Los Alamos National Laboratory

Los Alamos National Laboratory

Delivering science and technology to protect our nation and promote world stability

Helping girls stay with science and math

Program studies the best way to improve girls’ success in STEM activities.
July 5, 2018
Mentors (left) work with their students at an event at the Laboratory.

Mentors (left) work with their students at an event at the Laboratory.


  • Director, Community Partnerships Office
  • Kathy Keith
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“We look forward to continuing this collaboration in order to empower even more girls to be strong, smart, and bold.”- Madonna Hernandez, Girls Inc. Director of Programs

Helping girls stay with science and math

National data shows that that women are still not selecting STEM (science, technology, engineering, and math) majors as frequently as men, but the best way to counter this imbalance is still up for debate. The Laboratory’s Girls in STEM program is researching which approaches work best to improve girls’ attitudes towards the study and practice of STEM activities, while also making a positive impact in the lives of local girls.

The program matches elementary- and middle-school-aged girls with individual mentors from the Laboratory who offer one-on-one assistance with STEM homework and support in school for both STEM and other topics. A week-long summer camp with activities at both Girls Inc. of Santa Fe and at Ghost Ranch with both Lab and near-peer mentors also helps boost the girls’ skills and interest.

"The program is currently focusing on 10 girls who began the program as sixth-grade students at Abiquiu elementary school, and we will be working with them and following their progress all the way through high school," says the Laboratory's Elizabeth Coronado, who runs the program.

Classroom Visits

During the first year of the program in the 2016–17 school year, Lab volunteers visited the classroom three times a week. These were both individual mentors and other researchers who gave demonstrations and talks for the whole class.

The most recent year saw the students move to middle school, where intensive time is more difficult to organize, but the mentors have stayed involved with the students. "I had the opportunity to help with a STEM camp devoted to brain waves and dinosaurs and my protegee attended this camp,” says mentor Katrina Koehler.” It was so rewarding to see that she was interested enough in STEM to participate without her peers."

"One mentor mailed her mentee a book about a woman scientist on a regular basis, even though her protégé moved to a school in Gallina. She then tried to arrange a time to talk about each one," says Coronado.

Summer Camp

The summer camp with Girls Inc. at Ghost Ranch gave the mentors and students a chance to keep their connection strong, and also gave students the opportunity to team with Santa Fe-based Girls Inc. mentors and students.  “We are so excited about this opportunity to serve more girls from the Northern New Mexico community,” said Madonna Hernandez, Girls Inc. Director of Programs.  “We look forward to continuing this collaboration in order to empower even more girls to be strong, smart, and bold.”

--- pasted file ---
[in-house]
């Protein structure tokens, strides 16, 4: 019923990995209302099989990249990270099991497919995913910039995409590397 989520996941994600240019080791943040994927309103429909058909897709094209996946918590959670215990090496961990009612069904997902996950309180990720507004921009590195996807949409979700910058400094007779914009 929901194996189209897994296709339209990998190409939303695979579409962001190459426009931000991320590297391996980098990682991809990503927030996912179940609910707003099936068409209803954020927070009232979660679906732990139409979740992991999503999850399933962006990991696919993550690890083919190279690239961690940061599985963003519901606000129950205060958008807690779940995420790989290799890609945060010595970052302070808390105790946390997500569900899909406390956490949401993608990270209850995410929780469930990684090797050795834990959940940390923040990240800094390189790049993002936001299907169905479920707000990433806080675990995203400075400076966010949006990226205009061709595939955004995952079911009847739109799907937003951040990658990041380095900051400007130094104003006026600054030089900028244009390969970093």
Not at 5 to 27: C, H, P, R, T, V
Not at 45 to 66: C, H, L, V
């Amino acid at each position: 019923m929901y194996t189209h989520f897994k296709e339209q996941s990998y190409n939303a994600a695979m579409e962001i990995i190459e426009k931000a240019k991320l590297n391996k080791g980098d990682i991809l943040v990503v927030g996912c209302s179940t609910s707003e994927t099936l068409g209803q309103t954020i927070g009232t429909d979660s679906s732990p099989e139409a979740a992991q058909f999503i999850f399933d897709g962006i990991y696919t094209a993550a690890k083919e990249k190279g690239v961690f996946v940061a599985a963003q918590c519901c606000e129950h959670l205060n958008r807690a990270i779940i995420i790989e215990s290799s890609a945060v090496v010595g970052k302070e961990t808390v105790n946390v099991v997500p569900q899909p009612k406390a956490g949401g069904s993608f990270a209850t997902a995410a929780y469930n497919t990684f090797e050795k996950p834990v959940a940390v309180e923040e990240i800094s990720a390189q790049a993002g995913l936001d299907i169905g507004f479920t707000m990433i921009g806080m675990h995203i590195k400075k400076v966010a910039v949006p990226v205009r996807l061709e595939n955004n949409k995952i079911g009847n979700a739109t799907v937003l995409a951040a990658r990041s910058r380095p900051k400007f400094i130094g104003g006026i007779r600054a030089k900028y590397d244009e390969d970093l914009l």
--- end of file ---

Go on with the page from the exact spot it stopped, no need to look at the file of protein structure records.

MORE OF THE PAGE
In addition to focusing on STEM education, the program also looks at broader issues including self-confidence and making positive decisions. This is done through research-based hands-on experiential activities which include team-building and communication, as well as a strong focus on the particular issues girls face every day.

"Middle school can be a difficult time, and success in STEM areas depends not just on STEM-specific education, but on a wider range of social-emotional and societal factors," says Coronado.

As well as helping the individual girls in the program, the data and research collected will help answer some basic questions including the age at which educators and community outreach organizations should begin steps to encourage and maintain girls’ interest in STEM, and the forms such measures should take.

The study’s initial findings from the first year were presented at the National Science Teacher Association Conference in Atlanta in March of 2018.

The U.S. Department of Energy funds the program partly through its science education community service time, which pays Lab employees for up to 32 hours per calendar year to support STEM-related programs. The Lab’s integrated program management group donates the working capital needed for supplies, for travel, and for conference presentations.

“Our early research suggests that sustained intensive intervention with personal connections shows positive results, but it will be important to see what results show as the girls get older,” says Coronado. “It’s great to be working on something that might ultimately benefit a lot of future students, but knowing we’re making a difference for the girls we’re working with right now is also rewarding. More rewarding is the concept that cooperation among community organizations provides the village it takes to afford rural students opportunities to experience real world STEM experiences.”